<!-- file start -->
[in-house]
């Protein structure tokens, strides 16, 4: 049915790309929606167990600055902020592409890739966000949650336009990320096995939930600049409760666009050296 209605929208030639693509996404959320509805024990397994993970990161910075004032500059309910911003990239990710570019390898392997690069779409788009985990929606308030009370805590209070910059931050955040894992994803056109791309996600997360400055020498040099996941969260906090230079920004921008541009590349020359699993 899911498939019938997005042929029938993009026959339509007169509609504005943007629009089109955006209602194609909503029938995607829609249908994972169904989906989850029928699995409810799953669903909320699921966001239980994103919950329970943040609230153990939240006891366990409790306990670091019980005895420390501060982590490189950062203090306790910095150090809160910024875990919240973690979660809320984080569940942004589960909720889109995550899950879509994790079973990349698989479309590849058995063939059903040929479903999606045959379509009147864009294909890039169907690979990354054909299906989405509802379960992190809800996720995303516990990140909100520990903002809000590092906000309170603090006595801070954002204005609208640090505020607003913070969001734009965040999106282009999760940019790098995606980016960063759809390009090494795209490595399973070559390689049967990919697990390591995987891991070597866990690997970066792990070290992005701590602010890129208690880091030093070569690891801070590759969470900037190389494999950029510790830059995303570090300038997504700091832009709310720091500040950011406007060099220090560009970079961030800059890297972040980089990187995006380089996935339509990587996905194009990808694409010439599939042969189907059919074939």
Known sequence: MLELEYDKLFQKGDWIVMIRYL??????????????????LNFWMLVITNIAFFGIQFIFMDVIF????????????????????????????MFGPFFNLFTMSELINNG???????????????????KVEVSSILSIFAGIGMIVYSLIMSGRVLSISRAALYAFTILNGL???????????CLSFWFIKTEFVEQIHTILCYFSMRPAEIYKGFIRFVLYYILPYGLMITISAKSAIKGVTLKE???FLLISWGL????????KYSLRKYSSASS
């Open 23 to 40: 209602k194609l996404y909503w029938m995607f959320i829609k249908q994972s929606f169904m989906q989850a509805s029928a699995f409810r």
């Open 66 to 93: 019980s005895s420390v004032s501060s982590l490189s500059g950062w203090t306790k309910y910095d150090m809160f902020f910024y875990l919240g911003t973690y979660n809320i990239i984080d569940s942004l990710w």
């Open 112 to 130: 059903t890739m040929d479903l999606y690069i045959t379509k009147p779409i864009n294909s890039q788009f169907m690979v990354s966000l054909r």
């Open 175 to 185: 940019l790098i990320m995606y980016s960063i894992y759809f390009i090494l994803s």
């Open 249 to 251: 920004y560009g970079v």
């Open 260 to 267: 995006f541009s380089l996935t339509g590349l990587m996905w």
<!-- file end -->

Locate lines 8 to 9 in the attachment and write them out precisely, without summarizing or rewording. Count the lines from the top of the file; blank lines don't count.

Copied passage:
């Open 249 to 251: 920004y560009g970079v």
């Open 260 to 267: 995006f541009s380089l996935t339509g590349l990587m996905w």